December 19, 2003

The Sunlight on the Garden [Filed under: MacNeice, Louis]

The Sunlight on the Garden

The sunlight on the garden
Hardens and grows cold,
We cannot cage the minute
Within its nets of gold;
When all is told
We cannot beg for pardon.

Our freedom as free lances
Advances towards its end;
The earth compels, upon it
Sonnets and birds descend;
And soon, my friend,
We shall have no time for dances.

The sky was good for flying
Defying the church bells
And every evil iron
Siren and what it tells:
The earth compels,
We are dying, Egypt, dying

And not expecting pardon,
Hardened in heart anew,
But glad to have sat under
Thunder and rain with you,
And grateful too
For sunlight on the garden.

For Alan [Filed under: Koch, Kenneth]

Permanently

One day the Nouns were clustered in the street.
An Adjective walked by, with her dark beauty.
The Nouns were struck, moved, changed.
The next day a Verb drove up, and created the Sentence.

Each Sentence says one thing— for example, “Although it was a dark rainy day when the Adjective walked by, I shall remember the pure and sweet expression on her face until the day I perish from the green, effective earth.”
Or, “Will you please close the window, Andrew?”
Or, for example, “Thank you, the pink pot of flowers on the window sill has changed color recently to a light yellow, due to the heat from the boiler factory which exists nearby.”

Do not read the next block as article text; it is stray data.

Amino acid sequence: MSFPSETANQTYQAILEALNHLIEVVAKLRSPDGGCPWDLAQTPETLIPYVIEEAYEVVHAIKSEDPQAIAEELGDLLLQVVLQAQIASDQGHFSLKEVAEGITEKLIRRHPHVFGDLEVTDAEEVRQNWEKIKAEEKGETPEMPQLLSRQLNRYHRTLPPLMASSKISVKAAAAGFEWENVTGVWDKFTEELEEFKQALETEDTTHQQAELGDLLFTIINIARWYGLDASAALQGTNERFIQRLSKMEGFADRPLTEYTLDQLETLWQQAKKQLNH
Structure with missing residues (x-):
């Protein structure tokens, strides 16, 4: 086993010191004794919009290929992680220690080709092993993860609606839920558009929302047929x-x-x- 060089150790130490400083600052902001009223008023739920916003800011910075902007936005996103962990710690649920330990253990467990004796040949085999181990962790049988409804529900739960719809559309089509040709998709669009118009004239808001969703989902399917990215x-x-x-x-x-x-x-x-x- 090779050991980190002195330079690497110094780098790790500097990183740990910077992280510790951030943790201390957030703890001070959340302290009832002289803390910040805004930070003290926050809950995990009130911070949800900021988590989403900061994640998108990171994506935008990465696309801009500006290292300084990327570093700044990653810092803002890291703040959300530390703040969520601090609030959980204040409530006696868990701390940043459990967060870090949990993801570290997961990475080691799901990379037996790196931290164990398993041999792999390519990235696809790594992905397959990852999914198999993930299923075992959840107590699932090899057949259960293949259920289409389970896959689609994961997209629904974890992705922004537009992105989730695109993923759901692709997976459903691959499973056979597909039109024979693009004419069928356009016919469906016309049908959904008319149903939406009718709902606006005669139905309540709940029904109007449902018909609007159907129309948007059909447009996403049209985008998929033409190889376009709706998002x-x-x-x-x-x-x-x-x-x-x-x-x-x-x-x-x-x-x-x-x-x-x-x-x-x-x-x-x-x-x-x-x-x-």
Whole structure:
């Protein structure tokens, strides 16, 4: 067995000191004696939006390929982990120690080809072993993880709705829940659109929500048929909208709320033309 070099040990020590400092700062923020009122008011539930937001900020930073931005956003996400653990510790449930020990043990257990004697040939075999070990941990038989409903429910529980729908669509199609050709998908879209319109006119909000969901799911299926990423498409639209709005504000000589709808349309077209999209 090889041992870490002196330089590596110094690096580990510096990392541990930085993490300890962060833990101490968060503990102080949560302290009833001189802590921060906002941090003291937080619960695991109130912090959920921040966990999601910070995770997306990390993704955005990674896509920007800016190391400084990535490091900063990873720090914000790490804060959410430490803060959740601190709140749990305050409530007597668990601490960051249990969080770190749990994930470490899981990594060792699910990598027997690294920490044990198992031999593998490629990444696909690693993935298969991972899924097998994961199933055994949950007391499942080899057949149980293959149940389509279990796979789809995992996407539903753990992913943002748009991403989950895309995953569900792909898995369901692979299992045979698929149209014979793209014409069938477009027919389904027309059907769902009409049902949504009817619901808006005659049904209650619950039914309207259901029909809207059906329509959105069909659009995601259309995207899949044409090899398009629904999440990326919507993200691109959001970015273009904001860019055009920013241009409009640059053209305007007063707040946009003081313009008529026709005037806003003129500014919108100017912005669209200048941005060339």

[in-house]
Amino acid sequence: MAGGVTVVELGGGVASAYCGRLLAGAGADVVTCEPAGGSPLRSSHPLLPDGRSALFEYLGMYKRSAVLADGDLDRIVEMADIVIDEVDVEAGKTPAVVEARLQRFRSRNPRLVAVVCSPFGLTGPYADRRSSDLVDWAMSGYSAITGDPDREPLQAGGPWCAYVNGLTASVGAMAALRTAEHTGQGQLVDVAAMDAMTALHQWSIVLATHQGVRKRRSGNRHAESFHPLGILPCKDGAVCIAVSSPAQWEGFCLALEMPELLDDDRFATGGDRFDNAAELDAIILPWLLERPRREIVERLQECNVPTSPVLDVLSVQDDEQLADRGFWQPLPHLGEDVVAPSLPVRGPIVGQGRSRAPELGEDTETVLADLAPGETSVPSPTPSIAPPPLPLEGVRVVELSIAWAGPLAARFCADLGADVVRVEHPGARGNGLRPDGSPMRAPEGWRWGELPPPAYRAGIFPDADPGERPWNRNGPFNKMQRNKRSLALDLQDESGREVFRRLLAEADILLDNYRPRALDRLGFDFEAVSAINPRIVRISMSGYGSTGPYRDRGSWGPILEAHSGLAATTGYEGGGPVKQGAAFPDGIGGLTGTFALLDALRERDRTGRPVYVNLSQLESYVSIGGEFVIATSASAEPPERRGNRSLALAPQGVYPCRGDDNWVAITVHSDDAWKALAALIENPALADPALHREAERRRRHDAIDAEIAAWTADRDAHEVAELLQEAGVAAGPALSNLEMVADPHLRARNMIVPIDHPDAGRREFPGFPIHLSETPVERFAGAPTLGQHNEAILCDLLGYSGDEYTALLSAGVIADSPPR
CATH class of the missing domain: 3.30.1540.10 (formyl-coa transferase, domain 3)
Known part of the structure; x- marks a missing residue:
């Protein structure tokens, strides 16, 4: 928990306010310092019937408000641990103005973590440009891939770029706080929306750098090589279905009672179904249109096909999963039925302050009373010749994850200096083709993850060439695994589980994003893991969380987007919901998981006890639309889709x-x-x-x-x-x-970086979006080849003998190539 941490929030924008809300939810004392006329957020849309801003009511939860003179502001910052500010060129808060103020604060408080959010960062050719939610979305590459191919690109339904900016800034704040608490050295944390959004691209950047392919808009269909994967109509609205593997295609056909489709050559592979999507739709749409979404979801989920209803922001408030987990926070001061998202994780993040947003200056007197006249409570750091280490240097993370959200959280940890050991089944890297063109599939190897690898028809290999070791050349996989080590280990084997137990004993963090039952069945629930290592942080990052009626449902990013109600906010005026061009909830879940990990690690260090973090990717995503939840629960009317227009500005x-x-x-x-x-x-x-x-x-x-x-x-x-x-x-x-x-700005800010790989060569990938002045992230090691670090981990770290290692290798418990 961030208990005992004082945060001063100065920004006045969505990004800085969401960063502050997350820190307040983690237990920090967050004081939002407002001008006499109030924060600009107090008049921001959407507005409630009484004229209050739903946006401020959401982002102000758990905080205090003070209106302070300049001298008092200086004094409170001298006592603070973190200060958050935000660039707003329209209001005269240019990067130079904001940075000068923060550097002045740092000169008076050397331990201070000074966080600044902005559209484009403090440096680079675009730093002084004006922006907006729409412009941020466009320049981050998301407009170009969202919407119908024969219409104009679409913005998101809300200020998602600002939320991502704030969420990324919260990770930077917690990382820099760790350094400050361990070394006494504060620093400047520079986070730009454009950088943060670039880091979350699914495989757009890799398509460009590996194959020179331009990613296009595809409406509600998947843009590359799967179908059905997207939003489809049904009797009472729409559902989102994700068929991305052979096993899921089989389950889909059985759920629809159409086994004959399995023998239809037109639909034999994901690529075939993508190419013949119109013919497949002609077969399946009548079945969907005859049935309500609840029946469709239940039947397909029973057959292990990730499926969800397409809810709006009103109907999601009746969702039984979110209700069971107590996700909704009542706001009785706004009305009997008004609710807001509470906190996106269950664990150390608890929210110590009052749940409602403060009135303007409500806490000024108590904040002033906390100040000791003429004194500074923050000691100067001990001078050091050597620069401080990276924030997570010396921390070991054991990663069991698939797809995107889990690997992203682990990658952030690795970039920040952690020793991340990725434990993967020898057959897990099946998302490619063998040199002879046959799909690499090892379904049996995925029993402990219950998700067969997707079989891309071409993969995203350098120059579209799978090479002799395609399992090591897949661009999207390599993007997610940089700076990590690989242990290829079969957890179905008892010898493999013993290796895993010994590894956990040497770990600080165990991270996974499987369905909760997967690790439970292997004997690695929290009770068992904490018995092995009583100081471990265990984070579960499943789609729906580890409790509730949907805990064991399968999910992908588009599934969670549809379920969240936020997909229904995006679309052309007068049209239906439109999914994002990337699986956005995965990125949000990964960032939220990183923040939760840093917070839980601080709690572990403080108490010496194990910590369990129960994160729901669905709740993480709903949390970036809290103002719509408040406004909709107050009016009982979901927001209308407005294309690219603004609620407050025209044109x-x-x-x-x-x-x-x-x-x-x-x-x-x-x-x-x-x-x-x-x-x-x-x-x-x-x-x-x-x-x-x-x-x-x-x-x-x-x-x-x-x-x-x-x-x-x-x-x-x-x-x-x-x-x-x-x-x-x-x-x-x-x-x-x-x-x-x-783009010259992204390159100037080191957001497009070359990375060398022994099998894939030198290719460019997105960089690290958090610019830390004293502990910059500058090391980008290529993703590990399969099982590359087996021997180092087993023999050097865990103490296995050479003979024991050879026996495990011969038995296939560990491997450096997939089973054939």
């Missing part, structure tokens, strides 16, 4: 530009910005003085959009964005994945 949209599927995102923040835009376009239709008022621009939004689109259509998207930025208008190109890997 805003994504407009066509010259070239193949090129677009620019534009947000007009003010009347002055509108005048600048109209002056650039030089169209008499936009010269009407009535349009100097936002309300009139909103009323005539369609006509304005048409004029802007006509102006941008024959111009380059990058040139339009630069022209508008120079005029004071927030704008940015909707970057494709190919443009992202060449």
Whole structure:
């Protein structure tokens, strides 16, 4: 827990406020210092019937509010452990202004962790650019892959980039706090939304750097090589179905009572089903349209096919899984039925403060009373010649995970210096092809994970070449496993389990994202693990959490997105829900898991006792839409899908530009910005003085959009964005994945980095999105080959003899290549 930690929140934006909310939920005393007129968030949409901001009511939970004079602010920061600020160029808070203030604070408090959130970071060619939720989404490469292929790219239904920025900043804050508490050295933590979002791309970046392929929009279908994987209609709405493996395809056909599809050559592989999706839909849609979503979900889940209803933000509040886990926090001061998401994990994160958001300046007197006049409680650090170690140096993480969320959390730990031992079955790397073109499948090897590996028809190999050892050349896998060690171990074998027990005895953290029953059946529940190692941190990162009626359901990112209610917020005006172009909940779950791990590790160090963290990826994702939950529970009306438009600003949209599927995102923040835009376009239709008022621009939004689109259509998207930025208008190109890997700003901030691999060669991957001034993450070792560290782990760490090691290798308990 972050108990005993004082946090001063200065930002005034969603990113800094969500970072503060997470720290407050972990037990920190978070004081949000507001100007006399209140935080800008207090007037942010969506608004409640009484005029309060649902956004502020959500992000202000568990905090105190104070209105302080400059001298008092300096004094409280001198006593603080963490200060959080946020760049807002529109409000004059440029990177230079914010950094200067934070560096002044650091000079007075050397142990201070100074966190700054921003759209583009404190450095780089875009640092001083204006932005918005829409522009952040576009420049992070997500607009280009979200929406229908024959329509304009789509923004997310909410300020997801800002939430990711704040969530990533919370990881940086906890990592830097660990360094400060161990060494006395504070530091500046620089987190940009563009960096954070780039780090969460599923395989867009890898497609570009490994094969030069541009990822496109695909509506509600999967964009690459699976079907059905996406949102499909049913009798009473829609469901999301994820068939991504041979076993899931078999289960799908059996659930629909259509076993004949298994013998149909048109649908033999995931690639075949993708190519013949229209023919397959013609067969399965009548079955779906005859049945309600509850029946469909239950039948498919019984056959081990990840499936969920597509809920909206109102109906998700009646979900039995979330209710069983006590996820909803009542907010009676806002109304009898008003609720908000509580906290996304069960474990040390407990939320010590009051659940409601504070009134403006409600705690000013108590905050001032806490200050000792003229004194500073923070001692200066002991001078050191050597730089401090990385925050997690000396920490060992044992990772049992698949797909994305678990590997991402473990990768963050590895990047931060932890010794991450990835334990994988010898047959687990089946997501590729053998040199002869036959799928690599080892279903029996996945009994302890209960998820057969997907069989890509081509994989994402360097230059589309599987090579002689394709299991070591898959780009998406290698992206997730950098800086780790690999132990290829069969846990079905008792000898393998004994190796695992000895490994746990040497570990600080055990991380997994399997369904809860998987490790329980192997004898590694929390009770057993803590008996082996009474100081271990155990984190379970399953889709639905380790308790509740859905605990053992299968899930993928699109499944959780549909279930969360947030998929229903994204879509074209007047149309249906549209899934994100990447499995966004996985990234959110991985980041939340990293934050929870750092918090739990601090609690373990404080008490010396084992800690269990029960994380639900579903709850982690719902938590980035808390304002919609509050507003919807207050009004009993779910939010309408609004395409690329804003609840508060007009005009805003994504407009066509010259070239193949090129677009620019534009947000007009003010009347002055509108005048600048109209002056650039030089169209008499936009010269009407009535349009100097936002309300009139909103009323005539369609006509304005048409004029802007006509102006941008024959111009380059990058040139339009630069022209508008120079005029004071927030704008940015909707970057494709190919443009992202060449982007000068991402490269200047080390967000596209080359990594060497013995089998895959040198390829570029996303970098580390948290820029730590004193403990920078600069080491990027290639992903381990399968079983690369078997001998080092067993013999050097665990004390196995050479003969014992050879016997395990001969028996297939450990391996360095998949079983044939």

In the springtime the Sentences and the Nouns lay silently on the grass.
A lonely Conjunction here and there would call, “And! But!”
But the Adjective did not emerge.

As the Adjective is lost in the sentence,
So I am lost in your eyes, ears, nose, and throat—
You have enchanted me with a single kiss
Which can never be undone
Until the destruction of language.

Separation [Filed under: Merwin, W.S.]

Separation

Your absence has gone through me
Like thread through a needle.
Everything I do is stitched with its color.

The Illiterate [Filed under: Meredith, William]

The Illiterate

Touching your goodness, I am like a man
Who turns a letter over in his hand
And you might think that this was because the hand
Was unfamiliar but, truth is, the man
Has never had a letter from anyone;
And now he is both afraid of what it means
And ashamed because he has no other means
To find out what it says than to ask someone.

His uncle could have left the farm to him,
Or his parents died before he sent them word,
Or the dark girl changed and want him for beloved.
Afraid and letter-proud, he keeps it with him.
What would you call his feeling for the words
that keep him rich and orphaned and beloved?

December 12, 2003

Unbosoming [Filed under: Thomas, Dylan]

I’ve been thinking about this word today. The thing that struck me was that it is defining a noun, “summer,” as an activity, “unbosoming.” Can anyone think of examples where this is commonly done?

This question falls into the context of our discussion on the poet’s relationship to images: can he capture them or do they always move for him? I noticed that besides this place where the summer becomes an activity that there are many other strange movements:

The third stanza has a bunch of movement in the images and even the images themselves (in the context of this poem) are active
an image: disturbs
the crocus: opening its mouth
flowers: breed
water: (washing) cools, is spilt
an image: born, hastens
life: forks
image: changes
flowers: drop
fresh images: surround, catch

(Read more…)